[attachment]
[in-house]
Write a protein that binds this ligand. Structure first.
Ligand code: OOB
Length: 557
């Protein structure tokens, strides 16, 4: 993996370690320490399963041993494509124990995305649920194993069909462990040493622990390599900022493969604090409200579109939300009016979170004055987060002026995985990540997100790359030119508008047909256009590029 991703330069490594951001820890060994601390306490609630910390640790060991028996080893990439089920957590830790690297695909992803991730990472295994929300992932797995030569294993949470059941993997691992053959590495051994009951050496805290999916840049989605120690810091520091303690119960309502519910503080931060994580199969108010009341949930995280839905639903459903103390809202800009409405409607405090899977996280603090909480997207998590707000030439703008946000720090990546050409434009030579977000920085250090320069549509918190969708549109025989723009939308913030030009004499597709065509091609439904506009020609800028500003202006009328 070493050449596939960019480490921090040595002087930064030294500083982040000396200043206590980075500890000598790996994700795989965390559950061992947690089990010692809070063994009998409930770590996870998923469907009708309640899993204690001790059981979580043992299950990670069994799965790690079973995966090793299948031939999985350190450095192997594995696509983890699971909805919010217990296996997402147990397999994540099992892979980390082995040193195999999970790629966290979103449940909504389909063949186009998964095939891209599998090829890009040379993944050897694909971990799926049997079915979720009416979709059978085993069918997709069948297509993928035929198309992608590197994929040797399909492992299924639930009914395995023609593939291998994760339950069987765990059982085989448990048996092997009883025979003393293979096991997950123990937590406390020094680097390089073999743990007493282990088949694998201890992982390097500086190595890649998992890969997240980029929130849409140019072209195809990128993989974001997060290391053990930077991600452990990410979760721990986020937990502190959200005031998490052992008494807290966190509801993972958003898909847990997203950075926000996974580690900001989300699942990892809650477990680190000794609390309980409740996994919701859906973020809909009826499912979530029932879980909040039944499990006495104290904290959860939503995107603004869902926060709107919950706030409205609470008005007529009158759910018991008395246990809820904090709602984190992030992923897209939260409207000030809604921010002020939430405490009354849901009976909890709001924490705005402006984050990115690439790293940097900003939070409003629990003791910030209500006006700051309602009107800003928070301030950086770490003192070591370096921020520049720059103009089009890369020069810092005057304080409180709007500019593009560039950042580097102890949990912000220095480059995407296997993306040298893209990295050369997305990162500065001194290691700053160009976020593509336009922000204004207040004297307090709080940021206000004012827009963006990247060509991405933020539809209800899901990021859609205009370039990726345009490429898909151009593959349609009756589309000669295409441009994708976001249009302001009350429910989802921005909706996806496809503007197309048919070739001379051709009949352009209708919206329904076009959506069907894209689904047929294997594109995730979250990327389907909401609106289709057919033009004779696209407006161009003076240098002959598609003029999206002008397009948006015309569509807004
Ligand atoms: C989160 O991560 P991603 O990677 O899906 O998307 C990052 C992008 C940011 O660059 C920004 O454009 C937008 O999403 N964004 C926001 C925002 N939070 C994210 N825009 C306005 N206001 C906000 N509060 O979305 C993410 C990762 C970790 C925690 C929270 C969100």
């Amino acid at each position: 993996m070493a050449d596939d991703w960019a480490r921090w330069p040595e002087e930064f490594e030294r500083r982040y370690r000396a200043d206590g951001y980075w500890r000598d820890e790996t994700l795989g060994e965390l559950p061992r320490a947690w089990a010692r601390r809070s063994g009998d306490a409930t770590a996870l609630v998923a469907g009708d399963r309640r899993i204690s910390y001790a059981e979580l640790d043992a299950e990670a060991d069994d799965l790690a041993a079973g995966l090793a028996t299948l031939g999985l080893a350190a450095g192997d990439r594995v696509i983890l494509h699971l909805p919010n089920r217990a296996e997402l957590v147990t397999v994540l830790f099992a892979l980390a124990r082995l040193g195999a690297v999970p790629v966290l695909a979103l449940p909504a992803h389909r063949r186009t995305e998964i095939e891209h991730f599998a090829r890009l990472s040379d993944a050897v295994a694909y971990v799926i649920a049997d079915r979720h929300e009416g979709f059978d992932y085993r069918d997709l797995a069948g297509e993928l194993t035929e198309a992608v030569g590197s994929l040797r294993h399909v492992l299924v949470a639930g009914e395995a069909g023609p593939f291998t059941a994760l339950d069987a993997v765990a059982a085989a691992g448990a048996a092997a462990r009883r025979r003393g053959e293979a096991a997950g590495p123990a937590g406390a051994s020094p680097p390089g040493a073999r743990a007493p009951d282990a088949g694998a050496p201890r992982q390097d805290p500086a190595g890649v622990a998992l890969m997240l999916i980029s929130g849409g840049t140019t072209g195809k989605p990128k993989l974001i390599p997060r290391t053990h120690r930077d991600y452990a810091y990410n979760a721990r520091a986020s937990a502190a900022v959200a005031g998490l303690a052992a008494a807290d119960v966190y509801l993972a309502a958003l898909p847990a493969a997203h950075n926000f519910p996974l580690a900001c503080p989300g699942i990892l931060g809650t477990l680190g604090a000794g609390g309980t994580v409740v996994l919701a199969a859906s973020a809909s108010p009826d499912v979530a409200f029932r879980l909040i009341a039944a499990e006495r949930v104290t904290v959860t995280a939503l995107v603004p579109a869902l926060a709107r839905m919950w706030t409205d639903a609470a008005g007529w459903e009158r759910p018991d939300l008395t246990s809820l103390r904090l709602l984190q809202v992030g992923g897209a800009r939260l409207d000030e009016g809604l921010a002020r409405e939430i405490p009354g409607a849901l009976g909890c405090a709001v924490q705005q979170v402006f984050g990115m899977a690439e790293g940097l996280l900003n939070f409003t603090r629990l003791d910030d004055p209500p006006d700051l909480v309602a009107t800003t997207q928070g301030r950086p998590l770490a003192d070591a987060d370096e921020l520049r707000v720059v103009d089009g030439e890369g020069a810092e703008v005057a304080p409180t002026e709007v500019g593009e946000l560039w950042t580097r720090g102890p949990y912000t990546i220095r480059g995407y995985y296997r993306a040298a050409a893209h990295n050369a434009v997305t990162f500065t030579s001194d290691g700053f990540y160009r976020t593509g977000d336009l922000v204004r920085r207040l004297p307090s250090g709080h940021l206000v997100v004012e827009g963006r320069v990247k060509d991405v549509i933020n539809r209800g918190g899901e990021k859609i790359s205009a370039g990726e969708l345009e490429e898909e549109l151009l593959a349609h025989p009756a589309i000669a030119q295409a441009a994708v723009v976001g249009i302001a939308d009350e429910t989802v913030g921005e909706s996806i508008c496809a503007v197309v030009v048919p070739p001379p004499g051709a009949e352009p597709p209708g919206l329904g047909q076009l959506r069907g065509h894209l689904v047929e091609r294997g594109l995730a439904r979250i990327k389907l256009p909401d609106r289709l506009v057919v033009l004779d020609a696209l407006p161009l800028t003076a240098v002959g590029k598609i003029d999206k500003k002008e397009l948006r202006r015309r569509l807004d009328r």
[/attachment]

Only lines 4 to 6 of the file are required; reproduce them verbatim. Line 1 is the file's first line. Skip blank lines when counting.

Length: 557
């Protein structure tokens, strides 16, 4: 993996370690320490399963041993494509124990995305649920194993069909462990040493622990390599900022493969604090409200579109939300009016979170004055987060002026995985990540997100790359030119508008047909256009590029 991703330069490594951001820890060994601390306490609630910390640790060991028996080893990439089920957590830790690297695909992803991730990472295994929300992932797995030569294993949470059941993997691992053959590495051994009951050496805290999916840049989605120690810091520091303690119960309502519910503080931060994580199969108010009341949930995280839905639903459903103390809202800009409405409607405090899977996280603090909480997207998590707000030439703008946000720090990546050409434009030579977000920085250090320069549509918190969708549109025989723009939308913030030009004499597709065509091609439904506009020609800028500003202006009328 070493050449596939960019480490921090040595002087930064030294500083982040000396200043206590980075500890000598790996994700795989965390559950061992947690089990010692809070063994009998409930770590996870998923469907009708309640899993204690001790059981979580043992299950990670069994799965790690079973995966090793299948031939999985350190450095192997594995696509983890699971909805919010217990296996997402147990397999994540099992892979980390082995040193195999999970790629966290979103449940909504389909063949186009998964095939891209599998090829890009040379993944050897694909971990799926049997079915979720009416979709059978085993069918997709069948297509993928035929198309992608590197994929040797399909492992299924639930009914395995023609593939291998994760339950069987765990059982085989448990048996092997009883025979003393293979096991997950123990937590406390020094680097390089073999743990007493282990088949694998201890992982390097500086190595890649998992890969997240980029929130849409140019072209195809990128993989974001997060290391053990930077991600452990990410979760721990986020937990502190959200005031998490052992008494807290966190509801993972958003898909847990997203950075926000996974580690900001989300699942990892809650477990680190000794609390309980409740996994919701859906973020809909009826499912979530029932879980909040039944499990006495104290904290959860939503995107603004869902926060709107919950706030409205609470008005007529009158759910018991008395246990809820904090709602984190992030992923897209939260409207000030809604921010002020939430405490009354849901009976909890709001924490705005402006984050990115690439790293940097900003939070409003629990003791910030209500006006700051309602009107800003928070301030950086770490003192070591370096921020520049720059103009089009890369020069810092005057304080409180709007500019593009560039950042580097102890949990912000220095480059995407296997993306040298893209990295050369997305990162500065001194290691700053160009976020593509336009922000204004207040004297307090709080940021206000004012827009963006990247060509991405933020539809209800899901990021859609205009370039990726345009490429898909151009593959349609009756589309000669295409441009994708976001249009302001009350429910989802921005909706996806496809503007197309048919070739001379051709009949352009209708919206329904076009959506069907894209689904047929294997594109995730979250990327389907909401609106289709057919033009004779696209407006161009003076240098002959598609003029999206002008397009948006015309569509807004
Ligand atoms: C989160 O991560 P991603 O990677 O899906 O998307 C990052 C992008 C940011 O660059 C920004 O454009 C937008 O999403 N964004 C926001 C925002 N939070 C994210 N825009 C306005 N206001 C906000 N509060 O979305 C993410 C990762 C970790 C925690 C929270 C969100």